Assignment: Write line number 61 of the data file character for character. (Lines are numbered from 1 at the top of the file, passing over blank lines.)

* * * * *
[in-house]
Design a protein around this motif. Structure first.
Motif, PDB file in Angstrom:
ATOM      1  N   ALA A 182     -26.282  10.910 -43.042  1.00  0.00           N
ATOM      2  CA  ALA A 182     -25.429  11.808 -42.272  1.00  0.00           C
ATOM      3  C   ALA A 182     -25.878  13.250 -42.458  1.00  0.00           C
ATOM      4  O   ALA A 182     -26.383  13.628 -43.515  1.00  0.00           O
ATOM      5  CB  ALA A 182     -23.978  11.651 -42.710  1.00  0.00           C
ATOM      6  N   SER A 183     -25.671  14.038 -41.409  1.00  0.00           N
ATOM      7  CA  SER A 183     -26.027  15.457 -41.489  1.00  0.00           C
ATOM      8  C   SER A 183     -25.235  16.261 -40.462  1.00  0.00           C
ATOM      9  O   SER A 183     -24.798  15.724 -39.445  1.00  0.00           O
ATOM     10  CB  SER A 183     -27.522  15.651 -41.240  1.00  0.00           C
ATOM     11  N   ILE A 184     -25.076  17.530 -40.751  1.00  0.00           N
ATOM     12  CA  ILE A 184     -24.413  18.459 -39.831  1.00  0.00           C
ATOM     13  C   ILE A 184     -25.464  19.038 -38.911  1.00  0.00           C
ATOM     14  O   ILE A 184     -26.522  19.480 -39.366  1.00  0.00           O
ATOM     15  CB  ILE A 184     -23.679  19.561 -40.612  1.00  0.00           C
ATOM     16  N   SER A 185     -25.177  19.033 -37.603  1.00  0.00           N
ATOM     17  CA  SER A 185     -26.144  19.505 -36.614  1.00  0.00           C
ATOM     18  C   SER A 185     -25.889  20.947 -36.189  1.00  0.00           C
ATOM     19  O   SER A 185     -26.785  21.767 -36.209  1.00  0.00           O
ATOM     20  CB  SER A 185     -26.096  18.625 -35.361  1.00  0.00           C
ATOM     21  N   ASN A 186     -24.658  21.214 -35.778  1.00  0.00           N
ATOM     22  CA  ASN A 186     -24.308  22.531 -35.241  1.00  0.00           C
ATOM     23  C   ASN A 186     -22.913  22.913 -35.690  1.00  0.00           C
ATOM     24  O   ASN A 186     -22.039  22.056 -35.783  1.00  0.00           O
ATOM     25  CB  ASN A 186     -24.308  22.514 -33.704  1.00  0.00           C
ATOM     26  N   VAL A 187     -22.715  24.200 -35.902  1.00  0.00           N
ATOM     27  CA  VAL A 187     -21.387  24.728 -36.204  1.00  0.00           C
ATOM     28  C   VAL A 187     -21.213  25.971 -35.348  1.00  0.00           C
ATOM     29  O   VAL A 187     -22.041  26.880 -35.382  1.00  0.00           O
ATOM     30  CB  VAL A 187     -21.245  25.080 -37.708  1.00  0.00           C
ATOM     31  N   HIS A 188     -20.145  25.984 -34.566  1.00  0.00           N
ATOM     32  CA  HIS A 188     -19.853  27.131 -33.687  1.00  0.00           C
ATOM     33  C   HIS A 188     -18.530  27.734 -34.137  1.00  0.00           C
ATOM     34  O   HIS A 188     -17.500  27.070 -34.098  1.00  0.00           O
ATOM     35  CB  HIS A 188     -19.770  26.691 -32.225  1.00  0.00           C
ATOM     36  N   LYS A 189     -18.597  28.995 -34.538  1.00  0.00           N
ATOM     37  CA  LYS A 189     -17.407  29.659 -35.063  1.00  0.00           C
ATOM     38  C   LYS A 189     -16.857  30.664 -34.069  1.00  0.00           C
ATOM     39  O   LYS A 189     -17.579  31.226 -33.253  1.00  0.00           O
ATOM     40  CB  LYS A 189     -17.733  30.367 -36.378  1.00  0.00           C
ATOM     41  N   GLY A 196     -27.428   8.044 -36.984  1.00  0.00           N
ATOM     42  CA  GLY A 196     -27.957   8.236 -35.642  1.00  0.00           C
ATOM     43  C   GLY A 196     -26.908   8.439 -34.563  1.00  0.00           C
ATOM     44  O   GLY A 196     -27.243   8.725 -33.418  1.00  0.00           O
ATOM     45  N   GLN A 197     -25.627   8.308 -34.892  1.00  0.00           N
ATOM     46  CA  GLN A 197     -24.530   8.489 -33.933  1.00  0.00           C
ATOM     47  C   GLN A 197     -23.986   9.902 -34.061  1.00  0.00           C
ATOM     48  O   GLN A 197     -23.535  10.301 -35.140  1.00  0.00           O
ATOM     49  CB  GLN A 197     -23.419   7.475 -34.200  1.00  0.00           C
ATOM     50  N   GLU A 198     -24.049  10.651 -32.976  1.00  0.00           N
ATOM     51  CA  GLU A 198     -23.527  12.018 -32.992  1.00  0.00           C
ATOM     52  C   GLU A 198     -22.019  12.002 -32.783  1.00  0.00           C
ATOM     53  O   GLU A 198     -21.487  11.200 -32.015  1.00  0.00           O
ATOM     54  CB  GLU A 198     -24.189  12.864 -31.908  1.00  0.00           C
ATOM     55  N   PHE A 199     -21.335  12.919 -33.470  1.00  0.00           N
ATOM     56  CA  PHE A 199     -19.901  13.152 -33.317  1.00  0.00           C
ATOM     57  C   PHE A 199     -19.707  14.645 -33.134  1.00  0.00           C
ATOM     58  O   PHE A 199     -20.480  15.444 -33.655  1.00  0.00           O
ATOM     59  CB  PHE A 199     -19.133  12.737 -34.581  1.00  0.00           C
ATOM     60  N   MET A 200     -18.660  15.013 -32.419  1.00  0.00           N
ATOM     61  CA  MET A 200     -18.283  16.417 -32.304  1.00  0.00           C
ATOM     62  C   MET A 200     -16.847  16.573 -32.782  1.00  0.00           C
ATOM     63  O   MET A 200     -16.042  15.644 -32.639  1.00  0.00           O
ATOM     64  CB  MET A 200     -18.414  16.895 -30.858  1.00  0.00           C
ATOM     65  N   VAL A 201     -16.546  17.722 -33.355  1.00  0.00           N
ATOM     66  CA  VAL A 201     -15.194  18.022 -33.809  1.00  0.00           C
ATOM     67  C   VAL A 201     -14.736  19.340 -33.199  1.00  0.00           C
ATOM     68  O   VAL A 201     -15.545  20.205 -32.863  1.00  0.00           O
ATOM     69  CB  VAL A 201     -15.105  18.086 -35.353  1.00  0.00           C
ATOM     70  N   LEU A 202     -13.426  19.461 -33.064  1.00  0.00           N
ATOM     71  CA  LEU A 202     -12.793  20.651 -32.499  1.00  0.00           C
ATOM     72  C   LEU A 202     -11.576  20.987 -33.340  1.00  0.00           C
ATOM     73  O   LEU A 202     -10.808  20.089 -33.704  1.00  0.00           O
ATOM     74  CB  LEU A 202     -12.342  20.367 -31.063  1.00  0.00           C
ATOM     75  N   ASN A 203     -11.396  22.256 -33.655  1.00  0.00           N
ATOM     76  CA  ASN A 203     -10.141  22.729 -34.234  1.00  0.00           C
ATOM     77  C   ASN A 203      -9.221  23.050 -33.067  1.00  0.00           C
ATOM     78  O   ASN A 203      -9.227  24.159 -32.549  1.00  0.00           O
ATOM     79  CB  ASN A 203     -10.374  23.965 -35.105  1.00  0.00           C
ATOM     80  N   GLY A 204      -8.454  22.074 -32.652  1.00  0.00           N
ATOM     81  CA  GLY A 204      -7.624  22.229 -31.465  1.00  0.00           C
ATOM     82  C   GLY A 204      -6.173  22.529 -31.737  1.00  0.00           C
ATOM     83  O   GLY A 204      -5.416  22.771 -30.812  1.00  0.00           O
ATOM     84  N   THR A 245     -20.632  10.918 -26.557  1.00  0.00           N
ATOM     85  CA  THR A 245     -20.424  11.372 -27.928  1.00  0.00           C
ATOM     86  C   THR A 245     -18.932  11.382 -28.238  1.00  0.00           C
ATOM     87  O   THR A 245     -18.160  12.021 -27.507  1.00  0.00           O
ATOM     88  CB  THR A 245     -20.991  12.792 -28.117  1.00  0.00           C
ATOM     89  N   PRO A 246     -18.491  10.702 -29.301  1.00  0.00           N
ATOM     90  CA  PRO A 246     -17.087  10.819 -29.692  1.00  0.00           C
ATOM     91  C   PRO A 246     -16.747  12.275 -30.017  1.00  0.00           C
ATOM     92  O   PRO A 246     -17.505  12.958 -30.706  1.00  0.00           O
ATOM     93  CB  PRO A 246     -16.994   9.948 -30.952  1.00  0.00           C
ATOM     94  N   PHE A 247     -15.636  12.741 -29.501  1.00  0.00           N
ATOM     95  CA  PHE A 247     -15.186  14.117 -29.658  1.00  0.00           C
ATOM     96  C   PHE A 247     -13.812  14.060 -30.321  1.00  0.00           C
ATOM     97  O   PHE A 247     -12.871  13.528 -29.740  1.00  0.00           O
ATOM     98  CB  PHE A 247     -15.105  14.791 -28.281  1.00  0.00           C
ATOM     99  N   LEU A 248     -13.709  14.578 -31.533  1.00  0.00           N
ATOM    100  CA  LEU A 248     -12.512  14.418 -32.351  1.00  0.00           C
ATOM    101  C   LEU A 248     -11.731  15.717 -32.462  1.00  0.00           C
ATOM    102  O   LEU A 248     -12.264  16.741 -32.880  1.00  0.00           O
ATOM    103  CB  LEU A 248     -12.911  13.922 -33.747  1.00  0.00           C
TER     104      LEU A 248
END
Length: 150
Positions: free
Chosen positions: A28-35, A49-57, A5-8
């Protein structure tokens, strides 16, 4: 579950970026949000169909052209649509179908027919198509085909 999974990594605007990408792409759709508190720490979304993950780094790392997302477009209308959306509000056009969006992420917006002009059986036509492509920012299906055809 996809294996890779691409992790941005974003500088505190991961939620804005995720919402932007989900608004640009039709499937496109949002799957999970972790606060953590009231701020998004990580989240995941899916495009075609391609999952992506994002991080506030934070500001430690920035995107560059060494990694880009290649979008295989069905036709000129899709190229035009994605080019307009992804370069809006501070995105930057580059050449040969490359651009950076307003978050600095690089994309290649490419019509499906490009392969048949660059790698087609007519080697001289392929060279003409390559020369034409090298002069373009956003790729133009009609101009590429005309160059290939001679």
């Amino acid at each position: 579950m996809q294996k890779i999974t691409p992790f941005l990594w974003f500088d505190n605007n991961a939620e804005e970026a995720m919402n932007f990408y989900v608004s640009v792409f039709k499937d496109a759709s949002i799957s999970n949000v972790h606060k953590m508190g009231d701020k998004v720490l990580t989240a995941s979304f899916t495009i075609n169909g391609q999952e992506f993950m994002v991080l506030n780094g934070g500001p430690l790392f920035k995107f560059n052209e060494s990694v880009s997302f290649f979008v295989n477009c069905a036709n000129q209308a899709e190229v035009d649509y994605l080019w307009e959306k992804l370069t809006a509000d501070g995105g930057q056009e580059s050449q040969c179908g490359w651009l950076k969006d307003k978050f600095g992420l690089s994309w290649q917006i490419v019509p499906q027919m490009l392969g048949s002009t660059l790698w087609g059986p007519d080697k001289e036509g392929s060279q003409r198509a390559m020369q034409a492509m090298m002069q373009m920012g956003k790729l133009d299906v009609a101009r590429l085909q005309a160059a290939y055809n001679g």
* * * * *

ATOM     58  O   PHE A 199     -20.480  15.444 -33.655  1.00  0.00           O